A master of sleek suspense
By Ann Hornaday
Friday, Feb. 25, 2010
"I'm your ghost," announces Ewan McGregor's character in "The Ghost Writer," in which he plays a steadfastly anonymous young author assigned to pen the memoirs of a retired British prime minister. Indeed, there are hauntings aplenty in this sleek, masterful thriller that recalls such classics as "All the President's Men" and the more recent "Michael Clayton" in its pared-down, paranoid style. Like an expert driver behind the wheel of a purringly expensive automobile, director Roman Polanski invites viewers to settle back and simply enjoy a ride whose sinuous curves he navigates with supreme assurance and skill -- banishing, at least for the moment, thoughts of the skeletons that haunt his own life.
The Ghost, as McGregor's protagonist is called, has taken on the memoir project after the first author's mysterious death. The day the Ghost seals the deal, he's whisked to an island off Massachusetts, where former prime minister Adam Lang (Pierce Brosnan) lives in an elegantly appointed concrete bunker with his wife (played with biting asperity by Olivia Williams) and a staff of comely assistants, led with velvet-gloved authority by Lang's personal aide, Amelia (Kim Cattrall). As the Ghost sets to work on the project, he realizes that Lang's distant reticence, a tight deadline and curiously tight security around the project will be the least of his problems.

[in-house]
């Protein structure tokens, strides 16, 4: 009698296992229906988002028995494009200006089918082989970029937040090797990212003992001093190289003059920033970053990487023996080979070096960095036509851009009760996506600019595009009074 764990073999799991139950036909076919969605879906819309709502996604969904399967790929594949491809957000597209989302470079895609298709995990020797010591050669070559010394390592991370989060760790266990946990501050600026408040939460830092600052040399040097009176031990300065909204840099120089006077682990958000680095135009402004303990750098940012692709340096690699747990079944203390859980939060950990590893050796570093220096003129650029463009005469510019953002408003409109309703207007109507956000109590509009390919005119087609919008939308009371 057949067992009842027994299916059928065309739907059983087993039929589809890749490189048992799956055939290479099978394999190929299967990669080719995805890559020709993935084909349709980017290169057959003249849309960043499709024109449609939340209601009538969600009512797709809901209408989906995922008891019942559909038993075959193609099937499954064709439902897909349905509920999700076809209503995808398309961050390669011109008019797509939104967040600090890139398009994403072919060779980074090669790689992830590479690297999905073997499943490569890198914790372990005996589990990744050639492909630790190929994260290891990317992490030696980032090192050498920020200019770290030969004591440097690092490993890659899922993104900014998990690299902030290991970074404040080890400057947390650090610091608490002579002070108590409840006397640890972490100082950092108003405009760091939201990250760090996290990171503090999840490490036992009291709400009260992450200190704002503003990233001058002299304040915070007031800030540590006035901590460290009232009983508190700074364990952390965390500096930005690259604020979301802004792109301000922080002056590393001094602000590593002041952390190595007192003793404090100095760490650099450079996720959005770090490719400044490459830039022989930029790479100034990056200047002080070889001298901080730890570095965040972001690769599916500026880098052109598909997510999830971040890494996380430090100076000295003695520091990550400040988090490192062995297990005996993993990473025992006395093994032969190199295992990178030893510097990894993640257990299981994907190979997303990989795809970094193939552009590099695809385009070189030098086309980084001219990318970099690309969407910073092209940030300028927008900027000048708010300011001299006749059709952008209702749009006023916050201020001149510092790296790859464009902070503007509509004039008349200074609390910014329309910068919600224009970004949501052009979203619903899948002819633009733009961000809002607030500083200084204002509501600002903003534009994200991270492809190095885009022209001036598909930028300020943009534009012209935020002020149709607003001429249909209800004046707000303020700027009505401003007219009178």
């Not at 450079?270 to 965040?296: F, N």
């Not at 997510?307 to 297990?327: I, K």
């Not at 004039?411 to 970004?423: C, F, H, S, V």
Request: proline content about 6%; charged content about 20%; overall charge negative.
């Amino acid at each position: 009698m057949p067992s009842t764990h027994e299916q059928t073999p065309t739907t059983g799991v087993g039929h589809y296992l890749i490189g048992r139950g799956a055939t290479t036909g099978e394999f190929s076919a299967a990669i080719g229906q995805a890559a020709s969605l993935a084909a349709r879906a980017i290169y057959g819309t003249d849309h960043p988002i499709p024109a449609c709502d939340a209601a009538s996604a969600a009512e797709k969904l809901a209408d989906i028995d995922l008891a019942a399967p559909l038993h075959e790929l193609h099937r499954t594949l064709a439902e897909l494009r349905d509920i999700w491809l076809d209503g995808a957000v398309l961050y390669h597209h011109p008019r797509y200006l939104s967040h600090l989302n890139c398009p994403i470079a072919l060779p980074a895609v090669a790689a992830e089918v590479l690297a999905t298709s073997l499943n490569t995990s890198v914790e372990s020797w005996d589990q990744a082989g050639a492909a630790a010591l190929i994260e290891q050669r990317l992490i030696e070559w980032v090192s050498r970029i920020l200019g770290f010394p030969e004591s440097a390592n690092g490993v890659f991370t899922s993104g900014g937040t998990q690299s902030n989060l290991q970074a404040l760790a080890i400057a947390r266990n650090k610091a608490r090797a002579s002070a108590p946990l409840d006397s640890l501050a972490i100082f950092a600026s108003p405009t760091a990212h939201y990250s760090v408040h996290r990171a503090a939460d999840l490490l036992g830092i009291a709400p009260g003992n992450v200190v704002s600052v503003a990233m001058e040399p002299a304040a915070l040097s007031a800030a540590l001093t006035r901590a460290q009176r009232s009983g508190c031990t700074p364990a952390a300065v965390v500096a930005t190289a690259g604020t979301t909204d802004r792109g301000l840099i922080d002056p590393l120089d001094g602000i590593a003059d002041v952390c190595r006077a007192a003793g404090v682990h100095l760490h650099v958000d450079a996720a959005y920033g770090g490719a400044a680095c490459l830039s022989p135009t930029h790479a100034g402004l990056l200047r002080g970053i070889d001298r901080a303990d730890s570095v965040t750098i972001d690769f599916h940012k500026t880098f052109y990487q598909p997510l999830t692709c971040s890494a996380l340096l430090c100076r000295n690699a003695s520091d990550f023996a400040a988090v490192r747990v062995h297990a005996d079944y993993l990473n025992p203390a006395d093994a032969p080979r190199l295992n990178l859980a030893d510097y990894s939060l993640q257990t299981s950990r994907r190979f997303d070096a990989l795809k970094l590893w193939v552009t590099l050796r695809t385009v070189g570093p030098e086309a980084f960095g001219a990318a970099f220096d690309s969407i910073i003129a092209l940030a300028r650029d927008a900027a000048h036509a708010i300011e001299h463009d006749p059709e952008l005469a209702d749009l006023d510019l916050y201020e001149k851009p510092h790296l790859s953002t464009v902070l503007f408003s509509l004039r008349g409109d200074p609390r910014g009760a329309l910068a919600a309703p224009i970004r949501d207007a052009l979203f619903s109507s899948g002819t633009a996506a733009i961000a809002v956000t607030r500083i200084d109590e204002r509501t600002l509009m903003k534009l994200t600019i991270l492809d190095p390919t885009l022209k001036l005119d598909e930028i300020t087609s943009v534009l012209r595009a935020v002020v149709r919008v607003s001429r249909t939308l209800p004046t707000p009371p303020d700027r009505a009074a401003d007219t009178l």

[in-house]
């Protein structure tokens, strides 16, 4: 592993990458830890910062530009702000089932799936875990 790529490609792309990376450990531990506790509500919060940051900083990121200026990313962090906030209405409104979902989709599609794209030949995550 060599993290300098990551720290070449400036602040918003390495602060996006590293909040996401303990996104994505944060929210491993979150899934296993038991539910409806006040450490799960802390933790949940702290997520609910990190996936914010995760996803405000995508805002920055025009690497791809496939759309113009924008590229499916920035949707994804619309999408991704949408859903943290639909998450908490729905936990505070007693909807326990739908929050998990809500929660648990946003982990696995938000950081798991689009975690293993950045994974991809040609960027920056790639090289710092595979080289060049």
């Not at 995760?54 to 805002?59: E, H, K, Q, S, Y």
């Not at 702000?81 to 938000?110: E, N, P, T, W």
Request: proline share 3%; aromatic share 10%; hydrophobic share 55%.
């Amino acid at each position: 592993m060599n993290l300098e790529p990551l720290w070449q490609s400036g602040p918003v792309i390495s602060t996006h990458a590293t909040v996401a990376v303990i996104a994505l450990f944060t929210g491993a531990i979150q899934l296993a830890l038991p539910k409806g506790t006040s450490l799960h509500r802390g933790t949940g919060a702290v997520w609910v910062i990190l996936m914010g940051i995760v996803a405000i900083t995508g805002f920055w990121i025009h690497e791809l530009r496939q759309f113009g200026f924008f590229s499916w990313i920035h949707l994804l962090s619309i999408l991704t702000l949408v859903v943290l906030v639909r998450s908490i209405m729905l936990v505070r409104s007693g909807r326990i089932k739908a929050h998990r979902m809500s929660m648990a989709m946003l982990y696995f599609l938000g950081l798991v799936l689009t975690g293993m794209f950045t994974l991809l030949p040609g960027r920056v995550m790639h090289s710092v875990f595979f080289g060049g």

It's difficult to overstate how good "The Ghost Writer" is, if only because the things it does well are so simple: Working with co-writer Robert Harris, here adapting his own novel, Polanski smoothly threads viewers through a story that on paper might seem ludicrously contrived but that with his exacting execution comes alive with flawless detail, convincing performances and an uncanny prescience.
(Lang is clearly based on Tony Blair, but the film also evokes the spirits of Bill and Hillary Clinton, Dick Cheney and such private enterprises as Halliburton and the Carlyle Group.)
From the chic austerity of the Langs' undisclosed location to the gradually revealed nexus between academia, politics and corporate influence, "The Ghost Writer" offers an unusually astute glimpse of power at its most alluring and corrosive. Unlike "Shutter Island," another stop on this season's archipelago of island-based thrillers, "The Ghost Writer" leaves viewers with all the right questions.
Contains profanity, brief nudity and sexuality, violence and a drug reference.